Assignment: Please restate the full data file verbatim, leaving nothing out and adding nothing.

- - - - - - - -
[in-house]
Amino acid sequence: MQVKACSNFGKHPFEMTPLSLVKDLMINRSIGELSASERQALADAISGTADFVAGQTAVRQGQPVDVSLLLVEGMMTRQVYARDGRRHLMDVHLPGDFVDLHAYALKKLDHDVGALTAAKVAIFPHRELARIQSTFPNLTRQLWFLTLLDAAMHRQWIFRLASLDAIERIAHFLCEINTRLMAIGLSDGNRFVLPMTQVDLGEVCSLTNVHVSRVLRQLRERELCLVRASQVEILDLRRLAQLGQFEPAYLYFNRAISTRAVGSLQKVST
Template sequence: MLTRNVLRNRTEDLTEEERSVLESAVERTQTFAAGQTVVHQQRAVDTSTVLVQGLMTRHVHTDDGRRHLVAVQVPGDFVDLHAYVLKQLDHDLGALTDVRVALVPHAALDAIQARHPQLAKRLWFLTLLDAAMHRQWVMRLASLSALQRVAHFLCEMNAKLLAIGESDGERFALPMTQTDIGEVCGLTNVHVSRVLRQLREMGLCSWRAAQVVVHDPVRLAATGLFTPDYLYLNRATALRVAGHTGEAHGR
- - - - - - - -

[in-house]
Amino acid sequence: MQVKACSNFGKHPFEMTPLSLVKDLMINRSIGELSASERQALADAISGTADFVAGQTAVRQGQPVDVSLLLVEGMMTRQVYARDGRRHLMDVHLPGDFVDLHAYALKKLDHDVGALTAAKVAIFPHRELARIQSTFPNLTRQLWFLTLLDAAMHRQWIFRLASLDAIERIAHFLCEINTRLMAIGLSDGNRFVLPMTQVDLGEVCSLTNVHVSRVLRQLRERELCLVRASQVEILDLRRLAQLGQFEPAYLYFNRAISTRAVGSLQKVST
Template sequence: MLTRNVLRNRTEDLTEEERSVLESAVERTQTFAAGQTVVHQQRAVDTSTVLVQGLMTRHVHTDDGRRHLVAVQVPGDFVDLHAYVLKQLDHDLGALTDVRVALVPHAALDAIQARHPQLAKRLWFLTLLDAAMHRQWVMRLASLSALQRVAHFLCEMNAKLLAIGESDGERFALPMTQTDIGEVCGLTNVHVSRVLRQLREMGLCSWRAAQVVVHDPVRLAATGLFTPDYLYLNRATALRVAGHTGEAHGR